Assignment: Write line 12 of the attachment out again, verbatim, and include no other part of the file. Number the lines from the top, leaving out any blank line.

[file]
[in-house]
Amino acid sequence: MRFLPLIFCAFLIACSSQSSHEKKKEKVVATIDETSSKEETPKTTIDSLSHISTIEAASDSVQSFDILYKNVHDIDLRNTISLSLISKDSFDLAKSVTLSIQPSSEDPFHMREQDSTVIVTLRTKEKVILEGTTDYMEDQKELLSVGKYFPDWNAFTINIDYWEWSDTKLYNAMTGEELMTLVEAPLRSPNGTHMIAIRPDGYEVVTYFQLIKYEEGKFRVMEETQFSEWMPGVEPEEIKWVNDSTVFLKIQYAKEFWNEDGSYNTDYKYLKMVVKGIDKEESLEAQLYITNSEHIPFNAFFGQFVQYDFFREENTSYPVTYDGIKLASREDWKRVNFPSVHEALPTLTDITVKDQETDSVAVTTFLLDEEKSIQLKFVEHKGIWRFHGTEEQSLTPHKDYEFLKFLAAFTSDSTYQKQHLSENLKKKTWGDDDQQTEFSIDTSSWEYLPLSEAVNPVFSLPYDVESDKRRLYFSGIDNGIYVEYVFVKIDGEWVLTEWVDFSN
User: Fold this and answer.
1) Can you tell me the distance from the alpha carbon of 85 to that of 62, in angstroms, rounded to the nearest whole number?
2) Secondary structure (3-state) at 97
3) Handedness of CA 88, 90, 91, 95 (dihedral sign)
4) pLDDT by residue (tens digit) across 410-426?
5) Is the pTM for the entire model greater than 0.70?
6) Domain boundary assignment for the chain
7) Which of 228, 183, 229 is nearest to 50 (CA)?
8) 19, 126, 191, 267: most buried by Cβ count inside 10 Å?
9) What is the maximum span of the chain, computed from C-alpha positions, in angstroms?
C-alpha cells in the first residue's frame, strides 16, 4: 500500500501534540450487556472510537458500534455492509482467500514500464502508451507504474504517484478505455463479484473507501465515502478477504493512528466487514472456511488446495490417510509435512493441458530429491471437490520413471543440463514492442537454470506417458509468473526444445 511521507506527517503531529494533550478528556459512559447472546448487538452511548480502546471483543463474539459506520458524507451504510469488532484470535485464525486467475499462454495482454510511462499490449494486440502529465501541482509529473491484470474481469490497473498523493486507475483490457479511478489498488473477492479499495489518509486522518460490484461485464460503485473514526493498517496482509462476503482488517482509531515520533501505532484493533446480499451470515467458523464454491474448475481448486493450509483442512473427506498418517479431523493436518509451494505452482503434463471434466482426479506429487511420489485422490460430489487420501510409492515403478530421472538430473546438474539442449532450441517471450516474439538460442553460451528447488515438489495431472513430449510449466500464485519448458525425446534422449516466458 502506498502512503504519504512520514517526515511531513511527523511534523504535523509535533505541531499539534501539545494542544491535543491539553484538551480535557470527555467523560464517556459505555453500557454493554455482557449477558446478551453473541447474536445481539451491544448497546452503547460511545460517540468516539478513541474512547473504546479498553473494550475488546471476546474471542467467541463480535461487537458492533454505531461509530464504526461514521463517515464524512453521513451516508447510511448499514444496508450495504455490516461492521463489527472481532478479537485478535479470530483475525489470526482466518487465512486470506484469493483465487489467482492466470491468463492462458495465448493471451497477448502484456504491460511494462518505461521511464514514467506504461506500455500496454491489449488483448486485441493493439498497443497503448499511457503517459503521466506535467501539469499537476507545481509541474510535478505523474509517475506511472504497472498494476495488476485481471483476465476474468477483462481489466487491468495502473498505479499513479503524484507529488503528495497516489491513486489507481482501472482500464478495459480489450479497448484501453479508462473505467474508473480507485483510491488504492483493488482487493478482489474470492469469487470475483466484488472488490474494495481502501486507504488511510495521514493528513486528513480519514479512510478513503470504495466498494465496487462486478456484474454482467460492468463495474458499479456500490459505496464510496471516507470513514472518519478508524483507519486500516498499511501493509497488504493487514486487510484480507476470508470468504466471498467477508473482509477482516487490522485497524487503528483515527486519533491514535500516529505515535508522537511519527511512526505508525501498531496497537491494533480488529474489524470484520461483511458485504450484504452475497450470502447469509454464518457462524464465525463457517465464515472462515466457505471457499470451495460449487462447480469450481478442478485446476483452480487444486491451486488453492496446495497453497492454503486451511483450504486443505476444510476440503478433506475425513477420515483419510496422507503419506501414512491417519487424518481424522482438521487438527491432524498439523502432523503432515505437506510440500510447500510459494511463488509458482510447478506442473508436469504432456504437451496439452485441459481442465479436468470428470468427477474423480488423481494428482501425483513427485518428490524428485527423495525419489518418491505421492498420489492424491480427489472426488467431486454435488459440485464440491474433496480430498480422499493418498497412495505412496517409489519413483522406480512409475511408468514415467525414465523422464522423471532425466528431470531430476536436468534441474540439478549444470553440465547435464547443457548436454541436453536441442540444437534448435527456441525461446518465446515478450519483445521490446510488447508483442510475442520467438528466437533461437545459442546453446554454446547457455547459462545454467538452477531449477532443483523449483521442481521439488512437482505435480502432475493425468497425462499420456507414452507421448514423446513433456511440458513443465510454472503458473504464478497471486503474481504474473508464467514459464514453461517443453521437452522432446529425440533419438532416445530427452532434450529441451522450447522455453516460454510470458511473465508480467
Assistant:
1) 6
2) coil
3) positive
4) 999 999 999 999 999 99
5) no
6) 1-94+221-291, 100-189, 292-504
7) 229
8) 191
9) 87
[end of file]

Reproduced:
9) What is the maximum span of the chain, computed from C-alpha positions, in angstroms?